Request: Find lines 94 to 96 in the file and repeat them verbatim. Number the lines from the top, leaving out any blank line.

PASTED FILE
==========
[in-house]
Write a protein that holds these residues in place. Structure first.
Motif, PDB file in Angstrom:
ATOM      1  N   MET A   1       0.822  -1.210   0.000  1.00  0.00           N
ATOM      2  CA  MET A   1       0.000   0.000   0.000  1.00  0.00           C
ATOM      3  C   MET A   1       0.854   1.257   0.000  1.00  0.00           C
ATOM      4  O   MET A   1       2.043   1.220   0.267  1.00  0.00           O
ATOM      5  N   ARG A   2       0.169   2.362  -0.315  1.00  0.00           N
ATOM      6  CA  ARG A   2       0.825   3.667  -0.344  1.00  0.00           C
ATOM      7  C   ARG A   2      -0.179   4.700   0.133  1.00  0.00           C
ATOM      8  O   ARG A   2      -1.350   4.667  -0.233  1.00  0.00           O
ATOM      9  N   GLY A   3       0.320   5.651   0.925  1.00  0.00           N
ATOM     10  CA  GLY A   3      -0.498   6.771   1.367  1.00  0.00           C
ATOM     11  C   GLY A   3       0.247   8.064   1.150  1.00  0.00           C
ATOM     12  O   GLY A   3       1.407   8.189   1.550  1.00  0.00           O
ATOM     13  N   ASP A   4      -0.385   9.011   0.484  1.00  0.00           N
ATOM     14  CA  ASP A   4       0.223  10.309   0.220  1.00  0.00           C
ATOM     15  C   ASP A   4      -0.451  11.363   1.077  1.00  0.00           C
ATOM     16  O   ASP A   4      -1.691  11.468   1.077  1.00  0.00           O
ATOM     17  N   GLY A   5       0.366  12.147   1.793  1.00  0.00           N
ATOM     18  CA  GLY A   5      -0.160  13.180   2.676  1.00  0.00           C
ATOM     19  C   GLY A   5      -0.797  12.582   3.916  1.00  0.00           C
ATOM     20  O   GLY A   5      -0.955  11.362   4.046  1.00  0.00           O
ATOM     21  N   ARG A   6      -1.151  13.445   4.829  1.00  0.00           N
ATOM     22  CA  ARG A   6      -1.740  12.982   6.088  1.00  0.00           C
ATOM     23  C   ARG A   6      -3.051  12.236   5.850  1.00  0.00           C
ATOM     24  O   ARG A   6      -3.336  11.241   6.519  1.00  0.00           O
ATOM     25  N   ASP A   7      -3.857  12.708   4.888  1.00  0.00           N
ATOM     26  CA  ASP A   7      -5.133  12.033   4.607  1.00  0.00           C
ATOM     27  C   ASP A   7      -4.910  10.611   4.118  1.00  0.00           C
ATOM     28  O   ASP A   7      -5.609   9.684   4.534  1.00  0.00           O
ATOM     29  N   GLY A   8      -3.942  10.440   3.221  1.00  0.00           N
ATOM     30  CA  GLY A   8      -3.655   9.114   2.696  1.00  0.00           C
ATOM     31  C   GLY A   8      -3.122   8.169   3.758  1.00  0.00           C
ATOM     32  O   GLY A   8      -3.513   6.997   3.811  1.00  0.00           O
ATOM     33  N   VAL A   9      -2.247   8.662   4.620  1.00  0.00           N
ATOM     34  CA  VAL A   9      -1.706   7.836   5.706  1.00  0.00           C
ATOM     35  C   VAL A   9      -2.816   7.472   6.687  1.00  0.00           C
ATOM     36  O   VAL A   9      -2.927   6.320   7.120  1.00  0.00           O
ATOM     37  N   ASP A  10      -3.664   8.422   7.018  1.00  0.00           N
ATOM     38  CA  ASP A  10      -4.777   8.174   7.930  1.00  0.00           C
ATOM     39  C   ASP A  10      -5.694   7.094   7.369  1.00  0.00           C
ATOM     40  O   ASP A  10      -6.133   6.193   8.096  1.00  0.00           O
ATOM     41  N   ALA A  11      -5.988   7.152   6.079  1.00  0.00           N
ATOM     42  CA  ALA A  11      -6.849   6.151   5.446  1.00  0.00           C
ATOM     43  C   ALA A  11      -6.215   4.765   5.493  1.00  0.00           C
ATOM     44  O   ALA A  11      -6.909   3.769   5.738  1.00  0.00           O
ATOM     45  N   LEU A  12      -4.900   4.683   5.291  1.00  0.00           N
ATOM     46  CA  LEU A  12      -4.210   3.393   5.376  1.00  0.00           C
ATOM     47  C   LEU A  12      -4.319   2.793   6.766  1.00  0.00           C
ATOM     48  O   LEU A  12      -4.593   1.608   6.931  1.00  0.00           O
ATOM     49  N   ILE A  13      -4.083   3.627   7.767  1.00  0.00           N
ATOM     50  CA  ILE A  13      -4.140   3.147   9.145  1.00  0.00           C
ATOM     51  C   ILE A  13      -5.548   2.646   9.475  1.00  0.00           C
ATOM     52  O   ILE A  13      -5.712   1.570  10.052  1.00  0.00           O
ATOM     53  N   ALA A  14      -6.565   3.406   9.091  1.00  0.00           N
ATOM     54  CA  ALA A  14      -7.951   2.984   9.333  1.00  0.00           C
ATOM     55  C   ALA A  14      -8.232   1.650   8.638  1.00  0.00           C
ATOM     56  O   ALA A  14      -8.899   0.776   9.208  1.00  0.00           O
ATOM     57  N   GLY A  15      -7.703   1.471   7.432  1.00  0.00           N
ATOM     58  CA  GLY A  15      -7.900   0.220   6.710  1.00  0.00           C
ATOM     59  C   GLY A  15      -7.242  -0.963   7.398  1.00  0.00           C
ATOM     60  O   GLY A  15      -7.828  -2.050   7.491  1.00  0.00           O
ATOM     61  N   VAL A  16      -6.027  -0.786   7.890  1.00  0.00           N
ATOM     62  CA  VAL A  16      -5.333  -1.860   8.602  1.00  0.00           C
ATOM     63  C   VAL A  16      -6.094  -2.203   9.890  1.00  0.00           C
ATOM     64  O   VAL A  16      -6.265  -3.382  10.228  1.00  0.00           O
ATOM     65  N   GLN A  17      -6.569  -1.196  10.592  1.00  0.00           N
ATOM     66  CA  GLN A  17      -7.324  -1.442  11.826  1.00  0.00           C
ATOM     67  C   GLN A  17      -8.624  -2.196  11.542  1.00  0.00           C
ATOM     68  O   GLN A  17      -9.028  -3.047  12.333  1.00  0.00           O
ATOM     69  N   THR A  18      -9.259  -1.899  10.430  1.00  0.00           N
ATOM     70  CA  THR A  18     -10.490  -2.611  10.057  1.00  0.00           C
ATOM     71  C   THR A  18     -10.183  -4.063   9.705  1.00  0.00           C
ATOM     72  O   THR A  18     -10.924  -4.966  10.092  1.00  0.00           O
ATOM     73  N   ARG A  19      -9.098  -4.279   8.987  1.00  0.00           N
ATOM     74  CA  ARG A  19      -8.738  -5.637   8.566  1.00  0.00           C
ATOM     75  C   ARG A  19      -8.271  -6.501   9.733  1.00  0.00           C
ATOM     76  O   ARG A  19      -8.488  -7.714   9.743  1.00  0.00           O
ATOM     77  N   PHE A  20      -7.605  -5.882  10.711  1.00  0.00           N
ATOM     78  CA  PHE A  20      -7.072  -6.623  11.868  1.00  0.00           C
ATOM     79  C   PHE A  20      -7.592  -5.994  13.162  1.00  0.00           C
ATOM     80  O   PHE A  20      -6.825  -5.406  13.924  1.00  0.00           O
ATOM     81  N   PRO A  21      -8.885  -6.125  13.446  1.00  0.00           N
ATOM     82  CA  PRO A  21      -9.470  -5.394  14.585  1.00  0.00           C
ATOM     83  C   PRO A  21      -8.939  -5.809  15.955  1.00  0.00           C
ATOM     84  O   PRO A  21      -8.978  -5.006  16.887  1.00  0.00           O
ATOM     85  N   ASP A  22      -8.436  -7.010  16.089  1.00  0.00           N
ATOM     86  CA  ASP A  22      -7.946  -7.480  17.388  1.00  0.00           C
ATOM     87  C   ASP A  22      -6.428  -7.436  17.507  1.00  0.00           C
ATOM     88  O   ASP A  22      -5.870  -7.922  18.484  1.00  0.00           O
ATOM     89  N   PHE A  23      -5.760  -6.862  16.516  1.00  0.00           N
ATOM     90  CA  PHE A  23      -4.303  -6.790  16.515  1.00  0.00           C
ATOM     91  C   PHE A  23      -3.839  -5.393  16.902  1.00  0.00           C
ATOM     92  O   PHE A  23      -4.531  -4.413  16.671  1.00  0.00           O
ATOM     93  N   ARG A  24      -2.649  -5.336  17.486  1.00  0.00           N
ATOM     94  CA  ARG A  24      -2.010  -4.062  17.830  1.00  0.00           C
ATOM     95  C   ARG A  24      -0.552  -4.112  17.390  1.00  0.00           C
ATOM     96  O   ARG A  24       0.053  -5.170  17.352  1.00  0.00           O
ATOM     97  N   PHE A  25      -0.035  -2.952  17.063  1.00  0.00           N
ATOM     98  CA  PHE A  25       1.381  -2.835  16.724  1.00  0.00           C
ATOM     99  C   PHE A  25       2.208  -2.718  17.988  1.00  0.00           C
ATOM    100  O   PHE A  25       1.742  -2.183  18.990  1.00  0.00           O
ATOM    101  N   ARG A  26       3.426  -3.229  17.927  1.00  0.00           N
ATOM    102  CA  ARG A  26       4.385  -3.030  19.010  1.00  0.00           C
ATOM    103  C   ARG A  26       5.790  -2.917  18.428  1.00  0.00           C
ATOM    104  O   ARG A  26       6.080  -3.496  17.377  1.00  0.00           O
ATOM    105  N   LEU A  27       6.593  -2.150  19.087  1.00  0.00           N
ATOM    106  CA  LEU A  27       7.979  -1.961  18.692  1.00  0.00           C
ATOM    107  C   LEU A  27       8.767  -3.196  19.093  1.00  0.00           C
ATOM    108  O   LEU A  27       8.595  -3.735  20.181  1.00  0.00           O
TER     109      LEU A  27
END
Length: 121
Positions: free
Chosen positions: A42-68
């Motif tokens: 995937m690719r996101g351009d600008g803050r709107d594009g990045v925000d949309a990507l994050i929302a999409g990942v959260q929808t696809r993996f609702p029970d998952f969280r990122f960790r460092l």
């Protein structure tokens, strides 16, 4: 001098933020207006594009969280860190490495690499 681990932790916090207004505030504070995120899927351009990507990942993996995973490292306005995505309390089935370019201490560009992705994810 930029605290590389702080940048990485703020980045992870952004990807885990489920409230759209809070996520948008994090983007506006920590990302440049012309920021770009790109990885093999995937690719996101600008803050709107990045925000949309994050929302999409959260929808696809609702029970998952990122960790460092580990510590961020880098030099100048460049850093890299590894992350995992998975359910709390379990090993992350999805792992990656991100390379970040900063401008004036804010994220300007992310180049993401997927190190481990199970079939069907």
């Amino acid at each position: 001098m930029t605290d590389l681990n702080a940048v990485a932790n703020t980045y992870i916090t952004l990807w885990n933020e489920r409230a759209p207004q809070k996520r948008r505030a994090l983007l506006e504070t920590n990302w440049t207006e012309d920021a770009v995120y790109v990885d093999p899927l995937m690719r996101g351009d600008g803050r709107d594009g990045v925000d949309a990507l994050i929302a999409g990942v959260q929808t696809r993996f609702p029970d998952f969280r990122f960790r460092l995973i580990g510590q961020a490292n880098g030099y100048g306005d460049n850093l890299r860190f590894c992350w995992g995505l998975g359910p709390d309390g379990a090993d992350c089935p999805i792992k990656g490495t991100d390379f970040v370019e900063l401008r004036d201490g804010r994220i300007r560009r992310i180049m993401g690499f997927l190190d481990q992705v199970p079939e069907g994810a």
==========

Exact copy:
ATOM     91  C   PHE A  23      -3.839  -5.393  16.902  1.00  0.00           C
ATOM     92  O   PHE A  23      -4.531  -4.413  16.671  1.00  0.00           O
ATOM     93  N   ARG A  24      -2.649  -5.336  17.486  1.00  0.00           N